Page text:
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Ondine, by Jean Giraudoux, at the White Bear

Wednesday, 7 March, 2012

A fantasy about love, youth and life

The White Bear’s performance space is, let’s be honest, small. So, if you are intent on getting close to the art of the actor, there are few places better to do it. It does though, come with some difficulties. Set designers (particularly) beware; there is no place to hide and imperfections unquestionably show.

Elizabeth Merrick is an enigmatic Ondine

So it was nice to see that a large cast for such a small theatre had been assembled to play ‘Ondine’ – a fantasy about love, and youth and life written by Jean Giraudoux What’s more, director Cat Robey clearly wanted to do it right. Yes, there were a few short cuts here and there, but what was evident from three acts, with a ten minute interval between each for scene changes, was that here was a director who was aiming for a complete theatrical experience.

I suppose it would be fair to say that the opening is a little slow, but this is one of those productions that you are going to have to give a chance to. It warms up distinctly with the entrance of the enigmatic and mysterious Ondine (Elizabeth Merrick) and gets decidedly involving by the second act, when the even more mysterious illusionist (Richard Hurst) makes his presence felt. In Act Two as well, the set (by Zanna Mercer) is worth the wait, doing everything that’s asked of it, yet not too complex to overpower the action.

The play itself is a strange affair. Ondine is actually (as becomes obvious from the first few lines) some kind of water spirit who morphs into something close to a human, largely, it would seem, because young men are just so beautiful. If that sounds trivial, the actual sentiments and the way in which they come across are both charming and quite powerful. Elizabeth Merrick (she also composed and performed the haunting cello music that accompanies the action) as Ondine seemed to carry just the right balance of passion and danger, an energetically fired and unsatisfied spirit, who could fall in love on the instant.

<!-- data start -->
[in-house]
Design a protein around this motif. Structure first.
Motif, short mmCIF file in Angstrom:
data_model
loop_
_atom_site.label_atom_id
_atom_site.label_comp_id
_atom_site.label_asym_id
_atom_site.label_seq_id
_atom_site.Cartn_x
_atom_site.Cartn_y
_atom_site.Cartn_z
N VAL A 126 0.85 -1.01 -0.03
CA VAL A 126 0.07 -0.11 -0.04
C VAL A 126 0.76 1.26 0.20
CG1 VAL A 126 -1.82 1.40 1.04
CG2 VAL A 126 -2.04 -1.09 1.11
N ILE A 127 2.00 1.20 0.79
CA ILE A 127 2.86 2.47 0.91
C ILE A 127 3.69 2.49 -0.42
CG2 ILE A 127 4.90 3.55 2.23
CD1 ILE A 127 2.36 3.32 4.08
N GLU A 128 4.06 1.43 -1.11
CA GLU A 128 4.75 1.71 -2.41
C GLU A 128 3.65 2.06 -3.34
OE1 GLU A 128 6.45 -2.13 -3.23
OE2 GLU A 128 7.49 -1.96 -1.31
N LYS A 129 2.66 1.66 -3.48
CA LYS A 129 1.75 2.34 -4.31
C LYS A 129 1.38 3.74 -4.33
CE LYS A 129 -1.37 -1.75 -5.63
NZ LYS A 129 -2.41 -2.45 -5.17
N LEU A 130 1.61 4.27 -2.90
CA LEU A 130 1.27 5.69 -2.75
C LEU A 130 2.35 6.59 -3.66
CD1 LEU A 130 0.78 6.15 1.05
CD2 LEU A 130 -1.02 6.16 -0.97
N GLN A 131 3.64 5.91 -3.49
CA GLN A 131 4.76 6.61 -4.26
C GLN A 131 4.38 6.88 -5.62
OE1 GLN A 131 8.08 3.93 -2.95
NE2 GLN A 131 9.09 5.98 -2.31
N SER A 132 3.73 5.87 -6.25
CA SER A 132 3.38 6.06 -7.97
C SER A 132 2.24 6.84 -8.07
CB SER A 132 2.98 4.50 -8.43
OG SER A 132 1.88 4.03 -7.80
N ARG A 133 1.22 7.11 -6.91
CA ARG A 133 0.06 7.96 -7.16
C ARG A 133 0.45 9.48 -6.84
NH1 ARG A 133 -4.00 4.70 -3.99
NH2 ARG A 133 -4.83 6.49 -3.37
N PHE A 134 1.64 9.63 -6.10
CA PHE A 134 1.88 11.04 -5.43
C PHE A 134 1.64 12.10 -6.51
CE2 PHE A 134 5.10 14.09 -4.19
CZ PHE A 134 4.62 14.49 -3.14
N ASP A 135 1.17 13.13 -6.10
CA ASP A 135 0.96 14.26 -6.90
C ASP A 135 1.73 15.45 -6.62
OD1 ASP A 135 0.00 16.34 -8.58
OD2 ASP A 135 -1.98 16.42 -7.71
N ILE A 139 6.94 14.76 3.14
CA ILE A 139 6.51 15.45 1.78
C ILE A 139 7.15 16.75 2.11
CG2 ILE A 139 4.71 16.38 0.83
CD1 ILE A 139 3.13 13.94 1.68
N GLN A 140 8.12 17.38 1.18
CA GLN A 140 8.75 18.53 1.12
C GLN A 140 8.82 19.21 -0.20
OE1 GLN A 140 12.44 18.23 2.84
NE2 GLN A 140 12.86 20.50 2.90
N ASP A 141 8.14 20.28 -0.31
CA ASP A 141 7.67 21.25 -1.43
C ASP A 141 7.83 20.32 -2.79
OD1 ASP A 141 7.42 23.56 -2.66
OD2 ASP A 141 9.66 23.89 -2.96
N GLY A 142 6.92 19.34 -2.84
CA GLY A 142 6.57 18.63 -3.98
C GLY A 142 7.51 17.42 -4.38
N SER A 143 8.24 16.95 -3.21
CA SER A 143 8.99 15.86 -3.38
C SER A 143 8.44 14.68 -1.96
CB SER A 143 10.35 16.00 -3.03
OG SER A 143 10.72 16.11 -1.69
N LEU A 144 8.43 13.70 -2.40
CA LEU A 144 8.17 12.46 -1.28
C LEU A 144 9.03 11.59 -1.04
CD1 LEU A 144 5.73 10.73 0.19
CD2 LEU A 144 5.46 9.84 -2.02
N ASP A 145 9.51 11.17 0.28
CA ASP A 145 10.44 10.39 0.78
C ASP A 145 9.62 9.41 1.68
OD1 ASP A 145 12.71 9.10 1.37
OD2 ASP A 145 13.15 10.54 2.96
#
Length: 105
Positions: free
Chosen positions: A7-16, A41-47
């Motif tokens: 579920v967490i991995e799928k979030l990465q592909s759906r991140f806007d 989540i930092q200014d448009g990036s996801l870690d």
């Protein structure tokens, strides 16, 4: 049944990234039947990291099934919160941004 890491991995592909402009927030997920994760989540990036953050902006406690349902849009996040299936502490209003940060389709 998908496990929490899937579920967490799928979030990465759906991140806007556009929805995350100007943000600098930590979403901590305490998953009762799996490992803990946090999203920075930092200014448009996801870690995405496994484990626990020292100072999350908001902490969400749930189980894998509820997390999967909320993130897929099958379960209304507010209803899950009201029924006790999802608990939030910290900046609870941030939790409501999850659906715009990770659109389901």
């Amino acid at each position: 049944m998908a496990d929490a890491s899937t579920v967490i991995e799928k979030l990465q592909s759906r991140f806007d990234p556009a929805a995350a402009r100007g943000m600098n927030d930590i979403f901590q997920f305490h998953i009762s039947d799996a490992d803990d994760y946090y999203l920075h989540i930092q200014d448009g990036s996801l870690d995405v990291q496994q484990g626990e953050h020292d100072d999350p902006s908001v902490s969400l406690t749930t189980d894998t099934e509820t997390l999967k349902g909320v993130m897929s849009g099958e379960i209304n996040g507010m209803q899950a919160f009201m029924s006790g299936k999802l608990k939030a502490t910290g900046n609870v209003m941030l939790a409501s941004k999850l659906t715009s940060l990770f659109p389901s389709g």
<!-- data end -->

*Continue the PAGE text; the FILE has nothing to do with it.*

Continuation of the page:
The play has a good balance too. The second act provides some comedy relief in amongst the inevitable progression towards disaster for someone (sea spirits don’t ever, in my experience, fall in love with humans without something disastrous happening to someone) and that helps to hold attention and give an audience something to think about during those inter-act breaks.

In the end, the audience is left with a huge amount of feeling for Ondine and her tragedy, which in many ways is more poignant because death for her is an impossibility.

There wasn’t a huge audience when I saw it. But even a few lads from the bar took the chance to watch one of the acts (and I bet that’s not something they do often). Ondine deserves its chance. Suspending disbelief may sometimes be a little difficult, but you can’t but admire the commitment of the actors and others in bringing this enigmatic mystery to our attention.

Cast: Phoebe Batteson Brown – Voilante/Kitchen Maid; Terry Diab – Eugenie/Fisherwoman; Michael Eden – Auguste/Judge; Marian Elizabeth – Bertha; Hilary Hodsman – Queen, Executioner; Richard Hurst – King of the Sea/Illusionist; Rob Leonard – Superintendant/Servant; Elizabeth Merrick – Ondine; David Frias Robles – Bertram; Brice Stratford – Lord Chamberlain/Judge; Andrew Venning – Hans

Director – Cat Robey; Costumes – Joanne Cornish; Set Design – Zanna Mercer; Lighting – Phoebe Hunt; Assistant Technician – Amy Martin

(c) Michael Spring 2011

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